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Mrs. Irene Klass, A”H

17 Kislev 5771 – November 24, 2010
It is with profound sorrow that we address the death of Mrs. Irene Klass - publisher of The Jewish Press, wife of Rabbi Sholom Klass, zt"l, the newspaper's founder and longtime publisher, and daughter of Raphael Schreiber, a"h, the paper's co-founder.

Compensatory Strategies

15 Kislev 5770 – December 2, 2009
When one is blind one learns to use Braille to read. When one cannot walk, a wheelchair gives mobility. Sign language allows a mute person to speak and ocular implants assist in hearing when one is deaf. These are all compensatory strategies that help a person function despite his disability. But compensatory strategies are not just for physical problems. Understanding our psychological weaknesses and setting up our lives to ensure that we are not tempted to repeat our past mistakes, is as necessary as any aid to the disabled.

Be Careful What You Wish For

8 Kislev 5770 – November 25, 2009
Well spouses have often discovered that their friends and relatives, despite their closeness to the situation, often don't realize the tremendous emotional impact living with chronic illness has on the family. With the best intentions, suggestions, ideas and criticism are offered, based on the non-experience of those with healthy families. Even when the good intentioned get a taste of the difficulties, it is sometimes not enough for them to then identify and understand what the family of the chronically ill must face on a constant basis.

Coping With The Loss Of Hope

1 Kislev 5770 – November 18, 2009
Over the past two weeks I have shared letters from a therapist and a well spouse. Both of the letters gave personal insights into the process of losing hope, how we react when that happens and some ways of coping when test scores, diagnosis and just simple repetitive behavior indicate that change for the better is impossible.

Neuropsychological Testing: A Therapist Responds

24 Heshvan 5770 – November 11, 2009
Dear Ann, I've read your last few articles on psycho-neurological testing (Oct.8-22) with interest. As a therapist who has counseled couples dealing with chronic illness, I'd like to give you another perspective.

Comments on Neuro-Psychological Testing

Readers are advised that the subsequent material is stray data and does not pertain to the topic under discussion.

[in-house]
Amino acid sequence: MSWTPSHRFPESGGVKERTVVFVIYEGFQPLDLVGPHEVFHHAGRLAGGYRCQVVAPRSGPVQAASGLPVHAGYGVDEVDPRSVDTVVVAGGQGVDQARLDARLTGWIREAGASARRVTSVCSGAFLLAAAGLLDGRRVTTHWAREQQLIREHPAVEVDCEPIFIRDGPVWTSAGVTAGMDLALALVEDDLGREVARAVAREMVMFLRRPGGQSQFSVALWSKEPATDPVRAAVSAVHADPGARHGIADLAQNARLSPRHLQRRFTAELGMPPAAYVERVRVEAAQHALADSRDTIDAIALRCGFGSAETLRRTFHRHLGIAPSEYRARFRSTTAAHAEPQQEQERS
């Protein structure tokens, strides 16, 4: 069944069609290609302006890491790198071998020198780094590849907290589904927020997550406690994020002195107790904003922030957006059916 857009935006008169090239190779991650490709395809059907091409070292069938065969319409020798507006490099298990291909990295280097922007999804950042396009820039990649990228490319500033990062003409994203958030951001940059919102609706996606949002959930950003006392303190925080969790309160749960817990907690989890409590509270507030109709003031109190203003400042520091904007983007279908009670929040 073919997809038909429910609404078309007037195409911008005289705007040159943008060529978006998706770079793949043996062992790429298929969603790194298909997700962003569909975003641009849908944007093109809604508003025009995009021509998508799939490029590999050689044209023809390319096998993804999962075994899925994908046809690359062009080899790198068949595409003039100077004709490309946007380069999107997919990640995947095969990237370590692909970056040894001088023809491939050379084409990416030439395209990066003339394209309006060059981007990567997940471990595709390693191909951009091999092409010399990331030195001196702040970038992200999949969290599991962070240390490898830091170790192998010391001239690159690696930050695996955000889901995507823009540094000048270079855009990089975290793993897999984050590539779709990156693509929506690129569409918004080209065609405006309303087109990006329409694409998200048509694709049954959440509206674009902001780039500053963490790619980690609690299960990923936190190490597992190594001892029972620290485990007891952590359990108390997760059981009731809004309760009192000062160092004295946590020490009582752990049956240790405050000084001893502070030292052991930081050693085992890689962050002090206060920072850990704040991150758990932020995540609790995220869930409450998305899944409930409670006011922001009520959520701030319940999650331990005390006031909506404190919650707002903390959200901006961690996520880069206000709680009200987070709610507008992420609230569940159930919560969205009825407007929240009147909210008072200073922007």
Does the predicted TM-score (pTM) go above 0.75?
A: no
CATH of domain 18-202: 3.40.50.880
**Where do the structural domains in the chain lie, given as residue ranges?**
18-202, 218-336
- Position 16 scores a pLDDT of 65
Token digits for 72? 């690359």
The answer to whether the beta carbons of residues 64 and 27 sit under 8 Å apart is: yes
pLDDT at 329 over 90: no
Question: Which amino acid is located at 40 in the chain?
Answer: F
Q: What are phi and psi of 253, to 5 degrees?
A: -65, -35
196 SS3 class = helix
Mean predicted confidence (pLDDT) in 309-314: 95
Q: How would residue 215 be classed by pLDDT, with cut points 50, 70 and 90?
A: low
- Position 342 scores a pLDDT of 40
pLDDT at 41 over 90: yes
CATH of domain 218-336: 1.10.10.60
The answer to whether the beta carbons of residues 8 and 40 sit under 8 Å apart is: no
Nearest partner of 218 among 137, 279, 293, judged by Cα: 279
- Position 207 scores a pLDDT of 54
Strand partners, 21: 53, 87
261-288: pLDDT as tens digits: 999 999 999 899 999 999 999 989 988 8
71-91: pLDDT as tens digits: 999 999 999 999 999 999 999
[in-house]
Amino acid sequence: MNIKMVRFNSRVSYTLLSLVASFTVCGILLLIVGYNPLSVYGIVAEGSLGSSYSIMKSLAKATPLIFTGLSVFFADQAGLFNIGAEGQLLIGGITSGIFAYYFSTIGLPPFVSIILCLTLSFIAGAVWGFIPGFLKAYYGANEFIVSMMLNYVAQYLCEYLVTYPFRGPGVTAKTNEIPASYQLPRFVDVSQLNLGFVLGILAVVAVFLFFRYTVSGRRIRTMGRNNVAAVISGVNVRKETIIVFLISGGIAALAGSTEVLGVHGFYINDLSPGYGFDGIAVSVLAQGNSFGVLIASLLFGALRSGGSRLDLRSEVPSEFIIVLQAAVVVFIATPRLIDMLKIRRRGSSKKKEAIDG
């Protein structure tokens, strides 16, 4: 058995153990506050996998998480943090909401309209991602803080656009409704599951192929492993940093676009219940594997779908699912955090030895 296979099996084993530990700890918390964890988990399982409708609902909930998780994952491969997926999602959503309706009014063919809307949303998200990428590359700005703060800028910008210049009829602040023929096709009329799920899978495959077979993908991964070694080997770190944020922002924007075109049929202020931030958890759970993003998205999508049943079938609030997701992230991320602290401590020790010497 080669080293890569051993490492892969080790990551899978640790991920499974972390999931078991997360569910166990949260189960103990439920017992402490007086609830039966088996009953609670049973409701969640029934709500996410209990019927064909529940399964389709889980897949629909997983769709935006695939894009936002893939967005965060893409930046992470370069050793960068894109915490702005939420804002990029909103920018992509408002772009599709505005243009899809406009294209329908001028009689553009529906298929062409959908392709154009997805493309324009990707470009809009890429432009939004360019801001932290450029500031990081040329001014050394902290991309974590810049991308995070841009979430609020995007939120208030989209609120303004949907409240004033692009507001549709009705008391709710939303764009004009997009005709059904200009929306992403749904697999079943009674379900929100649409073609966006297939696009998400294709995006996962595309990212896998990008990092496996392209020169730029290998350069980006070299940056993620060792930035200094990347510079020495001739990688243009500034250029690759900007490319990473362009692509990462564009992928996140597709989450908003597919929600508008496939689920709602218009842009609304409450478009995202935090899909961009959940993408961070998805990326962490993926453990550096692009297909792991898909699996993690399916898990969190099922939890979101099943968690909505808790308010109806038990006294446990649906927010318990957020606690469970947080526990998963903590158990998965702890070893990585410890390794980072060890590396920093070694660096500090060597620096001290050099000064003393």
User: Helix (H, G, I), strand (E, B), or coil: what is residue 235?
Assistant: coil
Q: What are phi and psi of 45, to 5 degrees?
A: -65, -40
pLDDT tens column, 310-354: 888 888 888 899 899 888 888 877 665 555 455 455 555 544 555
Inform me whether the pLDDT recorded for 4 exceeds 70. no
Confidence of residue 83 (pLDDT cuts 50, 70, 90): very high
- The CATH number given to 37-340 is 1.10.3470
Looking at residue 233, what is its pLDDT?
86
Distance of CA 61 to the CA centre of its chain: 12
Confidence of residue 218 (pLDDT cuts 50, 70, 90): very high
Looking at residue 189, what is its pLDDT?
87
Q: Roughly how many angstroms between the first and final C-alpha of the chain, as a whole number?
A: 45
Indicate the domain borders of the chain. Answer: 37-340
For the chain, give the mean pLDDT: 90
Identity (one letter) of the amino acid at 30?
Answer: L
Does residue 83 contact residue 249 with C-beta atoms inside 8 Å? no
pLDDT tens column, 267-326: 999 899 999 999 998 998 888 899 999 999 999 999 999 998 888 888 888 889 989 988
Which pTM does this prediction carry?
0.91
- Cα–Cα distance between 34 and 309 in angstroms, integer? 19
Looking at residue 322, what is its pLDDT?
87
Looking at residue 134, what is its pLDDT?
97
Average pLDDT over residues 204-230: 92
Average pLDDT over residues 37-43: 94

17 Heshvan 5770 – November 4, 2009
Dear Ann, Your articles on the Neuro-Psychological Testing were right on (October 8-22). My husband underwent testing twice and your articles explained it things exactly the way they were. Besides the test, we also tried therapy.

Sweating the Small Stuff

10 Heshvan 5770 – October 28, 2009
Very often when we can't face our big hurts or big loses we focus on the little ones. We can discuss those. We can cry over the small loses, be angry at the smaller hurts even though it may look trite and sound ridiculous to others.

Psycho Neurological Testing And Counseling

3 Heshvan 5770 – October 21, 2009
Over the last two weeks we have been discussing one way in which well spouses can determine whether behavior displayed by their ill partners is caused by their illness or is a way they have chosen to act. We have focused on Psycho-Neurological testing, what it can tell us, as well as its pros and cons.

Psycho-Nerological Testing: What to do With the Results

26 Tishri 5770 – October 14, 2009
Last week I discussed a question that haunts many well spouses: not knowing if the difficult and often inappropriate behavior frequently displayed by their partners are caused by the disease and therefore not-controllable, or if the behavior is a choice the spouse makes and can therefore be changed. This doubt can be the source of much frustration and many marital disagreements. One way of alleviating this doubt is by having a psycho- neurological work up done. But that path is not so simple.

Psycho-Neurological Testing

19 Tishri 5770 – October 7, 2009
Many well spouses have written to say that their partners' behaviors has changed drastically, making life very difficult for the entire family. "What in my spouse's behavior is choice and what is a result of the illness and beyond my partner's control?" It is a question that tortures many spouses of the chronically ill.

Thoughts of Suicide

13 Tishri 5770 – September 30, 2009
In the past, when I would interview members of well-spouse support groups the topic of suicide was one that was never discussed. However, I always felt it was in the air, just hovering above the group and something very often hinted at in our discussions. Talk of self-neglect, of deliberately doing things detrimental to one's health and avoiding things that were healthy, would come up repeatedly.